UNICEF is currently projecting that forty percent of all births will be in Africa by 2050, doubling the current population to well over two billion people. This will place intense stress on an already underfunded and inadequate higher education (HE) system. At the same time Africans are looking to develop their economies, and increase their standard of living, reducing poverty and inequality. This is reflected in Rwanda’s Vision 2020, Nigeria’s Vision 2020, Kenya’s Vision 2030 and Uganda’s Vision 2040. For Africa, MOOCs might present a way to provide post-secondary education to many new learners. But MOOCs in their current form won’t work.
One of the requirements for MOOCs is high speed internet, something that is not widely available in Africa and is not expected to be any time soon. Currently internet access, when available, is generally of low band-width and poor reliability. Oyo and Kalema have suggested a Made in Africa approach to MOOCs and HE. This would involve the creation of a government funded MOOC secretariat to coordinate the HE Institutions, accreditation agencies and industry in the development of MOOC programmes producing employable graduates. Students will access MOOCs through a number of methods which will evolve with time. Radio and access to secondary school computer labs with network access may be an initial starting point. Networked Hubs will store local copies of the course material where Internet connectivity is not reliable. The tremendous growth in smartphone use will also provide a platform for MOOC delivery in time. Adjustments to secondary school curriculum will be needed to ensure graduates have the skills, organizational and technical, to be successful learners in a MOOC environment.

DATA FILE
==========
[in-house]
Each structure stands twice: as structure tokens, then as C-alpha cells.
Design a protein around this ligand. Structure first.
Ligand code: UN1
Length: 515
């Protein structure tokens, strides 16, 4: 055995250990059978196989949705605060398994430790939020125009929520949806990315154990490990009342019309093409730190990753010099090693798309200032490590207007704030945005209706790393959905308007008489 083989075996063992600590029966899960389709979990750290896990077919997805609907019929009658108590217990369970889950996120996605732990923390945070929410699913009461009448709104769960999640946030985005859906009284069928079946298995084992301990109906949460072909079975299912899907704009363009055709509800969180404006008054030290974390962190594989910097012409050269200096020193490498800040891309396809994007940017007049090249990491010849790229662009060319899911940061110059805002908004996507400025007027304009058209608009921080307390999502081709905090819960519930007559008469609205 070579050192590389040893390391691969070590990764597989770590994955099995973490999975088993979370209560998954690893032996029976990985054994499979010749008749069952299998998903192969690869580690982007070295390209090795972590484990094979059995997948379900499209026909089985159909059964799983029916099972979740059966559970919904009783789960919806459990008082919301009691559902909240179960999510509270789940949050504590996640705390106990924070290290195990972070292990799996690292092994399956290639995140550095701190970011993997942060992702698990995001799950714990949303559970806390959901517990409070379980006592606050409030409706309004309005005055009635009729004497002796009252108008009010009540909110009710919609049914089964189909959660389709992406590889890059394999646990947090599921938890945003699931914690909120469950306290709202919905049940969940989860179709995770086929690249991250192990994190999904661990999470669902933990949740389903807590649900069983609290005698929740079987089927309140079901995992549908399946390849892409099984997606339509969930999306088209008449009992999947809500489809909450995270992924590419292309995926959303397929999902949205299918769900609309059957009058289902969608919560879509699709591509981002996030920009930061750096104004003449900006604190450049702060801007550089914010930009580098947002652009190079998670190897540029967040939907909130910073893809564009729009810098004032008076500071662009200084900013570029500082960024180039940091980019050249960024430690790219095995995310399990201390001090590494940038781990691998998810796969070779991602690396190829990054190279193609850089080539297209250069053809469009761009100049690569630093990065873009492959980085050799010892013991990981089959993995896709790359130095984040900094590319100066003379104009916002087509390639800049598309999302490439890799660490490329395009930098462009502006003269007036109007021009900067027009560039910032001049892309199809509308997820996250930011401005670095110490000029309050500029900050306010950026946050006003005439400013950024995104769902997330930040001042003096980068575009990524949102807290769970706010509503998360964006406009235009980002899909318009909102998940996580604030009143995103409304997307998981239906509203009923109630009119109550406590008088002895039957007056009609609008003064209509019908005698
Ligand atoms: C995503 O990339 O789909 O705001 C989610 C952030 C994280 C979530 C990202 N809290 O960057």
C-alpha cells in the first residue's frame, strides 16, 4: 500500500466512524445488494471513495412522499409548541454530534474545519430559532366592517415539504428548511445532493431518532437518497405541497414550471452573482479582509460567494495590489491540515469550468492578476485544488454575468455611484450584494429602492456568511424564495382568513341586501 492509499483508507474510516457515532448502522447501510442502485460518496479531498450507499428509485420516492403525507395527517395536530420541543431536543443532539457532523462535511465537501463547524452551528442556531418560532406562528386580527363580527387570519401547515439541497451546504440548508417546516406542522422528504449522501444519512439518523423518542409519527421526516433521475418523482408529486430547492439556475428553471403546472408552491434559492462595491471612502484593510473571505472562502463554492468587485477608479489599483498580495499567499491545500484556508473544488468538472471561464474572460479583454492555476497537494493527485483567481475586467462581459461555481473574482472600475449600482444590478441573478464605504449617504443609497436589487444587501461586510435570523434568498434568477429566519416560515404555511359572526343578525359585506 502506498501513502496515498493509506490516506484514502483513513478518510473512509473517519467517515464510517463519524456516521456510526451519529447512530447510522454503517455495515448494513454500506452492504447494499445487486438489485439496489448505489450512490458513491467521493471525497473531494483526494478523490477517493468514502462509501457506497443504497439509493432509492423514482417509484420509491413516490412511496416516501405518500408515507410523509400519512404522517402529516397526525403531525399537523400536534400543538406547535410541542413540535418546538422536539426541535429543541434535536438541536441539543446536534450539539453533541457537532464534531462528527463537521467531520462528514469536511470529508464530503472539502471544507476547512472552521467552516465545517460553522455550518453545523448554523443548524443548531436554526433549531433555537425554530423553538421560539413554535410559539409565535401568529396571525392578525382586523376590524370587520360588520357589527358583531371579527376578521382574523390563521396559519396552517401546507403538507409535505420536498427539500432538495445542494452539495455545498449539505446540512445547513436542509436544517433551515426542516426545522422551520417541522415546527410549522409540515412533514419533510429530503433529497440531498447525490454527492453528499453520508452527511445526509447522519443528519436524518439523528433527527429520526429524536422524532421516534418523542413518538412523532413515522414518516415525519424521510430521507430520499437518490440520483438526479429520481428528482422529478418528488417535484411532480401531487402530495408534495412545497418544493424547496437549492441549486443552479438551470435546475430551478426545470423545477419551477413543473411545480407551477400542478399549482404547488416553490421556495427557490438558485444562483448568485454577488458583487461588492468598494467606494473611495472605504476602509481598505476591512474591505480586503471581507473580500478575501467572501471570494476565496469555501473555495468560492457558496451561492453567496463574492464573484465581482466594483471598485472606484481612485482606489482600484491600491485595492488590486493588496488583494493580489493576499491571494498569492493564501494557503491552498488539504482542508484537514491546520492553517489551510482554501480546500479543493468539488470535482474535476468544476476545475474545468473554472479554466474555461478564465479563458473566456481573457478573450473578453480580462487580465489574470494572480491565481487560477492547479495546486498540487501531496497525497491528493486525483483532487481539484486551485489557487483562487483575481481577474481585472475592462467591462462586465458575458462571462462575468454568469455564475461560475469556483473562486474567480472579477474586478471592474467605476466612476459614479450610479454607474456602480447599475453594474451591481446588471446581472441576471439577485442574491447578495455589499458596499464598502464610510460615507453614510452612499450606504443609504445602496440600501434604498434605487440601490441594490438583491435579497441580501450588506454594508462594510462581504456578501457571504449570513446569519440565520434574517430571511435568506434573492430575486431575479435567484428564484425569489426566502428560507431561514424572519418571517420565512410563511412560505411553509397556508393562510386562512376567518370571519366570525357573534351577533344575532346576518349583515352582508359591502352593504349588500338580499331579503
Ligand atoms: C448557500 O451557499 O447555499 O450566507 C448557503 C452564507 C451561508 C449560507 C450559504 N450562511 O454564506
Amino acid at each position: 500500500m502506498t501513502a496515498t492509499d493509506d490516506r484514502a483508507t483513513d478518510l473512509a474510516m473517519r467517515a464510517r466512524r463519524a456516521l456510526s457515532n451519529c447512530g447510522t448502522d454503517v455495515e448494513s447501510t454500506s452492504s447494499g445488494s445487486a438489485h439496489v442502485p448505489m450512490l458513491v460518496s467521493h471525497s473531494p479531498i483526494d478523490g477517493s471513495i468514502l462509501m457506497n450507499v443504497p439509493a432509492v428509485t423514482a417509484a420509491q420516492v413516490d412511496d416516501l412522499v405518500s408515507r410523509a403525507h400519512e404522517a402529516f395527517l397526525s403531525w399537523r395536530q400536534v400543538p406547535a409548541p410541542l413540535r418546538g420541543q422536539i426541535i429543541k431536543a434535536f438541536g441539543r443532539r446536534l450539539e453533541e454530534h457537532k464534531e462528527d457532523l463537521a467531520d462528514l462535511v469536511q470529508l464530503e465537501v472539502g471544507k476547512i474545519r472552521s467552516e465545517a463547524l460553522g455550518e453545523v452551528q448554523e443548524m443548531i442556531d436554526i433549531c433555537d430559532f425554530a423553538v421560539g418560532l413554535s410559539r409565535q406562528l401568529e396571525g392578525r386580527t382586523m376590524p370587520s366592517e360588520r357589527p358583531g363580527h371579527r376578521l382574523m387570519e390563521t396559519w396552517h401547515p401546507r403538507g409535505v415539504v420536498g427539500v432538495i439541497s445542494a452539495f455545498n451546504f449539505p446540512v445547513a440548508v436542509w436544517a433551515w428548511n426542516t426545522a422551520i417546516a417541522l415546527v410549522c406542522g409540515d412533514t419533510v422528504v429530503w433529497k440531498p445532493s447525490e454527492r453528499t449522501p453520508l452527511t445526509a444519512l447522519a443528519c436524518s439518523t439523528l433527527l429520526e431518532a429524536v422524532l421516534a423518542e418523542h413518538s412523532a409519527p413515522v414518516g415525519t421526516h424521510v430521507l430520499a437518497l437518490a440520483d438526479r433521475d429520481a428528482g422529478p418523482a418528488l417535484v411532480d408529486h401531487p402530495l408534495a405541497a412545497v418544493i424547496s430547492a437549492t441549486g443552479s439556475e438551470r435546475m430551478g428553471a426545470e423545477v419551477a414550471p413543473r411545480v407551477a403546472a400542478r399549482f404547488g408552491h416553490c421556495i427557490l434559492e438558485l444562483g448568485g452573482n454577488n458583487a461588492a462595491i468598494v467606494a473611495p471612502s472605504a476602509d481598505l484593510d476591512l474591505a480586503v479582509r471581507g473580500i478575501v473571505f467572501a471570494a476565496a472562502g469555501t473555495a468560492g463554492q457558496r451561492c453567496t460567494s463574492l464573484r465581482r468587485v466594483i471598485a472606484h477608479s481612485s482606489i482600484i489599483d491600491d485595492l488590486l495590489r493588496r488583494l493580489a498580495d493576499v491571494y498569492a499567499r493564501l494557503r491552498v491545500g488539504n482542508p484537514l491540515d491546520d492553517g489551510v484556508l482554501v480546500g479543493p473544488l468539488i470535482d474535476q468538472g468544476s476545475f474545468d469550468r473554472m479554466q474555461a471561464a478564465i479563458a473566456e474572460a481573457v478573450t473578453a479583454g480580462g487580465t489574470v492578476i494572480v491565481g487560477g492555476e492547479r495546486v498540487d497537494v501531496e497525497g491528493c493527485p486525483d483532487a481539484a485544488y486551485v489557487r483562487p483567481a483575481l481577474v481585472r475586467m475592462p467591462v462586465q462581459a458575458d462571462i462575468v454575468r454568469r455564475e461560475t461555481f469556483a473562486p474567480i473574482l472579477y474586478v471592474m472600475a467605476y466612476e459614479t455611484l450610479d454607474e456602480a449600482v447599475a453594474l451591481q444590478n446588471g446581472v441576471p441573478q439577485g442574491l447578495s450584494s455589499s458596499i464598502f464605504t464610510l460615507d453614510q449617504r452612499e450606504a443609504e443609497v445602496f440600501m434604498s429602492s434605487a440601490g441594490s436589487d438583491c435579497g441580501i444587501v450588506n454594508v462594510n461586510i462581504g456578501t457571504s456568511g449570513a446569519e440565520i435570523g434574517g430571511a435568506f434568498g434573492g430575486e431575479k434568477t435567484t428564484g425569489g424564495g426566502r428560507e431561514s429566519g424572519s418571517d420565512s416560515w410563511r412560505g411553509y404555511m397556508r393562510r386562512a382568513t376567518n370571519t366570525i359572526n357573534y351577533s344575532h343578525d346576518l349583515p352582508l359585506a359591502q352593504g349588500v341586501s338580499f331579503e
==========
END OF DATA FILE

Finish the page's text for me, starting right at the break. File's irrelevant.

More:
The challenge is to provide ordinary Africans with access to post-secondary content, at low cost, that will help them develop the skills they will need to not only find jobs, but to create them. Creativity and innovation are key skills in the 21st Century and are essential to developing new industries and new opportunities. MOOCs have the potential to assist Africans, if they are designed and delivered in a manner that is appropriate for their circumstances.
Figure of Proposed MOOC Access System for Africans – Courtesy of Oyo and Kalema, 2014
Despite the hype and the ongoing attempts to commercialize MOOCs, they do not provide an easy, comprehensive solution to the challenges of education in the 21st century. However, they are part of the current conversation on how to provide content and promote collaboration in a time of tight government funding. The current lack of participation and low completion rates will require raising student’s comfort levels in technology use and learning in a different environment, but as in the case of Africa, the potential for MOOCs needs to be explored further.